Mechanical braking systems for trains: a study of temperatures, fatigue and wear by experiments and simulations

Increased demand for shorter travel times, higher axle loads, increased volumes and increased punctuality of railway traffic calls for a better design and management of the railway subsystems. The present thesis deals with aspects of mechanical friction brakes, in the form of tread brakes and disc brakes. These are critical for reliable, safe and economical operation of trains. The thesis establishes models and simulation tools for frictional braking systems that may operate in parallel with an electrodynamic braking system. A main focus is the influence of thermal loading on rolling contact fatigue from tread brakes at stop braking. A simulation methodology for thermomechanical cracking of railway wheel treads due to rolling contact and repeated stop braking by tread brakes, is established based on full-scale brake rig experiments. Building on the same approach, plastic deformation of the tread is also investigated. The results indicate that tread damage increases drastically for frictional temperatures above some 450 ºC. Another focus is temperatures and wear of tread brakes and disc brakes under operational loading. In two field test campaigns, detailed instrumentation and continuous measurements of relevant temperatures and braking parameters are combined with intermittent measurement of wear of friction brake components. Wear of brake blocks and wheel treads is quantified. It is found that the tread wear introduced by the block contact dominates for trailing wheelsets, whereas for powered wheelsets wear from tractive forces in the wheel–rail contact can be of equal importance. In a study on disc brakes, temperatures and wear performance are compared for two friction pairs: one new segmented disc with sintered pads and a traditional disc with an undivided friction ring combined with organic pads. It is found that the discs have similar braking temperatures, but that the wear of disc and pads is substantially lower for the segmented disc. A numerical investigation of thermomechanical fatigue damage of the two disc types indicates that the segmented disc also has a substantially longer fatigue life.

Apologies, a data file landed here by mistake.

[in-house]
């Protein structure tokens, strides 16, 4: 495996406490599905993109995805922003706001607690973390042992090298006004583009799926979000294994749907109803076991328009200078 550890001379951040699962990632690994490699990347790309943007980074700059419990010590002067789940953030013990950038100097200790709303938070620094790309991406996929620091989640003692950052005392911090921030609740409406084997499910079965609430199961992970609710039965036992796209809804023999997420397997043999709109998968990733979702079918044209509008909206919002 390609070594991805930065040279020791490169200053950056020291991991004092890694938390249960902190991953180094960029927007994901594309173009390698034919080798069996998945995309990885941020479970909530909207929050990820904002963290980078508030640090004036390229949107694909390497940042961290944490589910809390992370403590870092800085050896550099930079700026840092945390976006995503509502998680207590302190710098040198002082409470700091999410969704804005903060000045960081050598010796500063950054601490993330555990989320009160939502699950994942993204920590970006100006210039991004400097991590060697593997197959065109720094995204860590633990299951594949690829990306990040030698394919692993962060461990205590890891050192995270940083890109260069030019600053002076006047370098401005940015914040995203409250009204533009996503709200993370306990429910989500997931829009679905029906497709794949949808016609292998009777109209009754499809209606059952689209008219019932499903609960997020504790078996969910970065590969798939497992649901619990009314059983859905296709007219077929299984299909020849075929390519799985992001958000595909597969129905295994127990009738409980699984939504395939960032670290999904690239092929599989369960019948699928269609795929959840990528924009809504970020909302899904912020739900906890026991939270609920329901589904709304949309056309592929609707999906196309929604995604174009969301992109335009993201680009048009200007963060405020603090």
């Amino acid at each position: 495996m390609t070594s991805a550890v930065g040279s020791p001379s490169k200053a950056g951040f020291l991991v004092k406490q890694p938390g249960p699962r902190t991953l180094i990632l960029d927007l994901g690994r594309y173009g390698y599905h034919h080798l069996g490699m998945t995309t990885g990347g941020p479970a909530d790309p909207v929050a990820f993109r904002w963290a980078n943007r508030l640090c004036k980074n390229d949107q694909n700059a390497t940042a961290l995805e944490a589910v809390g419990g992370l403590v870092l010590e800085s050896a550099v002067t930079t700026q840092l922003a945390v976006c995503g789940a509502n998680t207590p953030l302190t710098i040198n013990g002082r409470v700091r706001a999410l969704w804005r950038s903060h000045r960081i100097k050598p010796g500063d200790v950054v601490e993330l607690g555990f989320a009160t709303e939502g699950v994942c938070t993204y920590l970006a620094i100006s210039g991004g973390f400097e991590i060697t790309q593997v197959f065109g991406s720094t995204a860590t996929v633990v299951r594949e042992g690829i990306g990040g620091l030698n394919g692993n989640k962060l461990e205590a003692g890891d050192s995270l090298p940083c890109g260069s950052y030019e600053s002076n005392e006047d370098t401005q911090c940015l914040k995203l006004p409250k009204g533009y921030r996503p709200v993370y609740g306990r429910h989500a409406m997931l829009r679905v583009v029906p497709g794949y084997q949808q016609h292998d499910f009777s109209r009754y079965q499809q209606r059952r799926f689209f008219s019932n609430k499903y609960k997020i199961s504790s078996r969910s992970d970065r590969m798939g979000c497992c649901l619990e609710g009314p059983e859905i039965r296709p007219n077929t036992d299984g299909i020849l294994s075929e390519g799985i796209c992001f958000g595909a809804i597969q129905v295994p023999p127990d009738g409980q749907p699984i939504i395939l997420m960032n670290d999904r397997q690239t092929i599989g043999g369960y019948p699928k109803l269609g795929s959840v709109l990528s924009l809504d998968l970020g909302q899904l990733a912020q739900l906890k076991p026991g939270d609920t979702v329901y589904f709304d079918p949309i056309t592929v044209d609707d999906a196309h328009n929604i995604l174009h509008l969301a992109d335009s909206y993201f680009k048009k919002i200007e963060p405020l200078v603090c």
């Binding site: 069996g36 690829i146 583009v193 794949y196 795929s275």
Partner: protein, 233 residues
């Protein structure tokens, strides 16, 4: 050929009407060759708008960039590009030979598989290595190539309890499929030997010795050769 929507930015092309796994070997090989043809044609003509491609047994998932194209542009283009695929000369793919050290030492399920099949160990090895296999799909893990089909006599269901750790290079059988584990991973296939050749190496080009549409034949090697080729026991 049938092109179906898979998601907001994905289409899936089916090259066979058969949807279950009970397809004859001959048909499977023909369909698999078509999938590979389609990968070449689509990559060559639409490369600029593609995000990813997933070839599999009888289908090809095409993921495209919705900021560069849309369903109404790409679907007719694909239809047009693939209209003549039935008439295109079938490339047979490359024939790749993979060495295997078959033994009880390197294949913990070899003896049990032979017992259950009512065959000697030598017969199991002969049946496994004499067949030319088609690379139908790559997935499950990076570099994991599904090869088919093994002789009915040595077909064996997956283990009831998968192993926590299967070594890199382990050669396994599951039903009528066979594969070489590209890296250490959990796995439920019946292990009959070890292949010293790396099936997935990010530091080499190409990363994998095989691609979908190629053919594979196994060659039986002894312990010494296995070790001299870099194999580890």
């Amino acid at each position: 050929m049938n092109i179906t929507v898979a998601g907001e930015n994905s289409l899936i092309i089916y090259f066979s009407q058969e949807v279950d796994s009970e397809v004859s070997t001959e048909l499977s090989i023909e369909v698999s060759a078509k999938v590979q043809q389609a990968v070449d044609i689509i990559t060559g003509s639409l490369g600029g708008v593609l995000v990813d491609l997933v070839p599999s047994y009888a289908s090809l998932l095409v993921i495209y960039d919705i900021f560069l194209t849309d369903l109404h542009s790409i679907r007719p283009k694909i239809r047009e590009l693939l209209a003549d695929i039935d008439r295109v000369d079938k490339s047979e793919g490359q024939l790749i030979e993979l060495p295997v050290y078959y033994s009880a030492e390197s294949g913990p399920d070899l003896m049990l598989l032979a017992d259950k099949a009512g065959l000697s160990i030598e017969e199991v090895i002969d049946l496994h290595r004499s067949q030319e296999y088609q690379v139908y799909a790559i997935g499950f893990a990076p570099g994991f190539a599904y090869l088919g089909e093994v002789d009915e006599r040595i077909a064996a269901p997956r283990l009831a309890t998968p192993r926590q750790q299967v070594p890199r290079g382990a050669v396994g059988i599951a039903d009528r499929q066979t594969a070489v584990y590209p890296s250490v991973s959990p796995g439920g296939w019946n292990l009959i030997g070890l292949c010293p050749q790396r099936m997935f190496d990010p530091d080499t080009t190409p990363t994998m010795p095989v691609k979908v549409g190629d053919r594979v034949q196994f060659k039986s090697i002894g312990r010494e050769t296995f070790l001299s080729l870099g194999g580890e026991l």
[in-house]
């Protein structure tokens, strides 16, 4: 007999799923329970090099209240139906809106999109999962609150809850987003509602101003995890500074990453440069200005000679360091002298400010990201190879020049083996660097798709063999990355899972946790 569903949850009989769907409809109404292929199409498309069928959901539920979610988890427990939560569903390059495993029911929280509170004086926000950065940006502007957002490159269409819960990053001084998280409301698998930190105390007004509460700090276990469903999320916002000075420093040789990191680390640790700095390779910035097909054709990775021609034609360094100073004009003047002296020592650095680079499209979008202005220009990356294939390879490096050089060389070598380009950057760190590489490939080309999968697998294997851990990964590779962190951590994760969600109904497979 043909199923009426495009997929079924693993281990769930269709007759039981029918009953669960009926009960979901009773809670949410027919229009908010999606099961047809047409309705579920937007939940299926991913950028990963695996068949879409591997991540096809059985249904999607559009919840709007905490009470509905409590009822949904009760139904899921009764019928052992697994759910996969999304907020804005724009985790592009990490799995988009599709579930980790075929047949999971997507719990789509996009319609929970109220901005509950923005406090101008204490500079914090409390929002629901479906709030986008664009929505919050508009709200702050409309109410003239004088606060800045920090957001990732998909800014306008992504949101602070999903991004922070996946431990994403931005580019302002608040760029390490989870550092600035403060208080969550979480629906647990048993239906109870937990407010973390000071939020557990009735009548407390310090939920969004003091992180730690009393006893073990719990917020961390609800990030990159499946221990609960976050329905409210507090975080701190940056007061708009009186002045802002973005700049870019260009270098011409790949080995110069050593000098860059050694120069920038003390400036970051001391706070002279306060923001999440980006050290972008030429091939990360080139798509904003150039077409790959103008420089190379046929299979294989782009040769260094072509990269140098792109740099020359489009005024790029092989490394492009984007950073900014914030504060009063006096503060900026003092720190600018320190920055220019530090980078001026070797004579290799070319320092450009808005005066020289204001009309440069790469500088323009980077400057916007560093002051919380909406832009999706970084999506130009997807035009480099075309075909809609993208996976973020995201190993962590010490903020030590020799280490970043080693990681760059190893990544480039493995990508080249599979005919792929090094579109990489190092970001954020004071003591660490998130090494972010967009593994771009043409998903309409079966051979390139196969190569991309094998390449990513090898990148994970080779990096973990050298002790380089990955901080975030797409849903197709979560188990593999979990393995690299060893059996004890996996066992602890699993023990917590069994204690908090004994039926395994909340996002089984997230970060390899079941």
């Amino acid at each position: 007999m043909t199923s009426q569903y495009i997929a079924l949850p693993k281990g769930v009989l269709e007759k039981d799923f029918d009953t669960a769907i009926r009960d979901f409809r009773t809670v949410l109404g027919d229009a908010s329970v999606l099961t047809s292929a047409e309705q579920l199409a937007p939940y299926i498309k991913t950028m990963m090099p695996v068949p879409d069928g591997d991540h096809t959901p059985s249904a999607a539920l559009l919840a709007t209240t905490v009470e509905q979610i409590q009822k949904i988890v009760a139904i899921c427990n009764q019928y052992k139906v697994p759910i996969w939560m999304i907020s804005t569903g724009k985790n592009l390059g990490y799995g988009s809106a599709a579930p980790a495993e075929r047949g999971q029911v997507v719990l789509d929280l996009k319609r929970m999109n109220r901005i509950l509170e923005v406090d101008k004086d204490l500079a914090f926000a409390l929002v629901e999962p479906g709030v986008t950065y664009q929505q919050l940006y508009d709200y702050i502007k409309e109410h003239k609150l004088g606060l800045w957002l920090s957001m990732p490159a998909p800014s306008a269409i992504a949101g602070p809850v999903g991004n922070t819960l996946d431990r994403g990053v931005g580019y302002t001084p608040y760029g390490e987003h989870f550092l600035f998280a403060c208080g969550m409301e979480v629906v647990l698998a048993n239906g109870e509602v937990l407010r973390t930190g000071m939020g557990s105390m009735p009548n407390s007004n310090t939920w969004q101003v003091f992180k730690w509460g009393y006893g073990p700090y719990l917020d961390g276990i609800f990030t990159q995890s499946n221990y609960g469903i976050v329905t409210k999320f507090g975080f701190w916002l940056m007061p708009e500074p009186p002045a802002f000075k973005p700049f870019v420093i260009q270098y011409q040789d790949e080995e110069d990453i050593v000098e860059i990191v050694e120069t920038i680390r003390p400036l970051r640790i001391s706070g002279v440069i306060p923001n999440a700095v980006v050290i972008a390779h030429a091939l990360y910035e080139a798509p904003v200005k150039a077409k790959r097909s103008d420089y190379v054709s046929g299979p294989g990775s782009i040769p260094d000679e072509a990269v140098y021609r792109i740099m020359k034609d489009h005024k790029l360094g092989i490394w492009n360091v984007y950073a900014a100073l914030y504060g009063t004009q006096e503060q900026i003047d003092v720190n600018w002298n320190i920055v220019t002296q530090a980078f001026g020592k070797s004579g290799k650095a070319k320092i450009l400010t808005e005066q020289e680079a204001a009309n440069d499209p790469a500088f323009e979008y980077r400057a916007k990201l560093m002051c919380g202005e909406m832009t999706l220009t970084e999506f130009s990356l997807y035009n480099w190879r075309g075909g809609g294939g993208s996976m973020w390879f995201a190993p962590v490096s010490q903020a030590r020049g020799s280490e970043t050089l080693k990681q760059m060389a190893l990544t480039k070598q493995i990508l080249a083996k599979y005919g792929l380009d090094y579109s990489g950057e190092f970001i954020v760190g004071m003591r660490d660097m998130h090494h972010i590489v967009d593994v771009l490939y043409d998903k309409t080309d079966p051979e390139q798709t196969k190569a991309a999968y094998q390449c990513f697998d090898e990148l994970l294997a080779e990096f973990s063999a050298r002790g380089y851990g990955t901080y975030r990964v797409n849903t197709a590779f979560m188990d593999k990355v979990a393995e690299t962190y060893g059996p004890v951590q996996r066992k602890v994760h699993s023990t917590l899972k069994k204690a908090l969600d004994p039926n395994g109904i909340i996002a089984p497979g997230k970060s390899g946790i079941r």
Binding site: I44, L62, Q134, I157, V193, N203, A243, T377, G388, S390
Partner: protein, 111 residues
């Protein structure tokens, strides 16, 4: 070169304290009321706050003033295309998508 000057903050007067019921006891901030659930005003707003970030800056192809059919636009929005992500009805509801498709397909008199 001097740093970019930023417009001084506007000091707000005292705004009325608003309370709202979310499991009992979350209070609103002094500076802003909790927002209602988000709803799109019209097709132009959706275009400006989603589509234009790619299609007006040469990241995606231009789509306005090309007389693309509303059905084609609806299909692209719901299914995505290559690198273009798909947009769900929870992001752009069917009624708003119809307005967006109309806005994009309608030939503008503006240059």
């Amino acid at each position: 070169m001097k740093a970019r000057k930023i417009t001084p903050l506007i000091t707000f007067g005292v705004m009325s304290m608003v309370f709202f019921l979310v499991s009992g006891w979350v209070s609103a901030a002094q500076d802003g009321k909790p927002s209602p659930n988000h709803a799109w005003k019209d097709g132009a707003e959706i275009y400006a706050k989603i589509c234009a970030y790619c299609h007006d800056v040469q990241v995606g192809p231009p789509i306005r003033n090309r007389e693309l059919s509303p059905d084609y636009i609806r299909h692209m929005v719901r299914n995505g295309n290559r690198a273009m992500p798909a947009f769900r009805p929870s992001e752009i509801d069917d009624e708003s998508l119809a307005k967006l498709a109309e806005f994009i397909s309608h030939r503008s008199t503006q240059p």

• English

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  • Accession Number: 01751372
  • Record Type: Publication
  • Source Agency: Swedish National Road and Transport Research Institute (VTI)
  • ISBN: 9789179051952
  • Files: ITRD, VTI
  • Created Date: Sep 8 2020 2:36PM